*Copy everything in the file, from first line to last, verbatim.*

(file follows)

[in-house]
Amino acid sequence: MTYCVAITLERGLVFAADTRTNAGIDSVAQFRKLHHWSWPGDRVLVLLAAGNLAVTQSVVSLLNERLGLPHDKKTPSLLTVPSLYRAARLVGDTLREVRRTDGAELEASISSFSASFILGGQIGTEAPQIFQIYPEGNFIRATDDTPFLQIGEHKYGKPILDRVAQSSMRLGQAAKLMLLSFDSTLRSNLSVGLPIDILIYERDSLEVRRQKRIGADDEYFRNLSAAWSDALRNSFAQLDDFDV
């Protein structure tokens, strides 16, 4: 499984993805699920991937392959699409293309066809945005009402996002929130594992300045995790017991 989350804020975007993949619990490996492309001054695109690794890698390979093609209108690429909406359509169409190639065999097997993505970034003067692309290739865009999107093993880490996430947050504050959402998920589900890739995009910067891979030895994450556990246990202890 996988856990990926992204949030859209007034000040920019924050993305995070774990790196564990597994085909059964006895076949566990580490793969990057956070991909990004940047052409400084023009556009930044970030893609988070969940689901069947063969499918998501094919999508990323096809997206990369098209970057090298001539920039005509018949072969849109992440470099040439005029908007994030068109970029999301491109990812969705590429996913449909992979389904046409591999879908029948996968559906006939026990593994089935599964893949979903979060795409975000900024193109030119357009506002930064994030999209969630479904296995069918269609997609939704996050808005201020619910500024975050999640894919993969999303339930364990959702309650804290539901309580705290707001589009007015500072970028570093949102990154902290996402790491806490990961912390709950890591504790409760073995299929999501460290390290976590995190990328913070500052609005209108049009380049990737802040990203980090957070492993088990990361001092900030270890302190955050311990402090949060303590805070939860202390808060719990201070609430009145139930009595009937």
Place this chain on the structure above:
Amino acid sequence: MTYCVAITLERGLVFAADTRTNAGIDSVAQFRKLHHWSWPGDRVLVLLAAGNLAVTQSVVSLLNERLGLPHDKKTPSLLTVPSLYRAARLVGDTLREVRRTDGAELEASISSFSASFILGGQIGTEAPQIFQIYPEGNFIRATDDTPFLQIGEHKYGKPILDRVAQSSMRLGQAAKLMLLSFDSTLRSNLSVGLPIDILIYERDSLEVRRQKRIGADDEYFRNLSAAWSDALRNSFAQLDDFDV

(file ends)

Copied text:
[in-house]
Amino acid sequence: MTYCVAITLERGLVFAADTRTNAGIDSVAQFRKLHHWSWPGDRVLVLLAAGNLAVTQSVVSLLNERLGLPHDKKTPSLLTVPSLYRAARLVGDTLREVRRTDGAELEASISSFSASFILGGQIGTEAPQIFQIYPEGNFIRATDDTPFLQIGEHKYGKPILDRVAQSSMRLGQAAKLMLLSFDSTLRSNLSVGLPIDILIYERDSLEVRRQKRIGADDEYFRNLSAAWSDALRNSFAQLDDFDV
């Protein structure tokens, strides 16, 4: 499984993805699920991937392959699409293309066809945005009402996002929130594992300045995790017991 989350804020975007993949619990490996492309001054695109690794890698390979093609209108690429909406359509169409190639065999097997993505970034003067692309290739865009999107093993880490996430947050504050959402998920589900890739995009910067891979030895994450556990246990202890 996988856990990926992204949030859209007034000040920019924050993305995070774990790196564990597994085909059964006895076949566990580490793969990057956070991909990004940047052409400084023009556009930044970030893609988070969940689901069947063969499918998501094919999508990323096809997206990369098209970057090298001539920039005509018949072969849109992440470099040439005029908007994030068109970029999301491109990812969705590429996913449909992979389904046409591999879908029948996968559906006939026990593994089935599964893949979903979060795409975000900024193109030119357009506002930064994030999209969630479904296995069918269609997609939704996050808005201020619910500024975050999640894919993969999303339930364990959702309650804290539901309580705290707001589009007015500072970028570093949102990154902290996402790491806490990961912390709950890591504790409760073995299929999501460290390290976590995190990328913070500052609005209108049009380049990737802040990203980090957070492993088990990361001092900030270890302190955050311990402090949060303590805070939860202390808060719990201070609430009145139930009595009937």
Place this chain on the structure above:
Amino acid sequence: MTYCVAITLERGLVFAADTRTNAGIDSVAQFRKLHHWSWPGDRVLVLLAAGNLAVTQSVVSLLNERLGLPHDKKTPSLLTVPSLYRAARLVGDTLREVRRTDGAELEASISSFSASFILGGQIGTEAPQIFQIYPEGNFIRATDDTPFLQIGEHKYGKPILDRVAQSSMRLGQAAKLMLLSFDSTLRSNLSVGLPIDILIYERDSLEVRRQKRIGADDEYFRNLSAAWSDALRNSFAQLDDFDV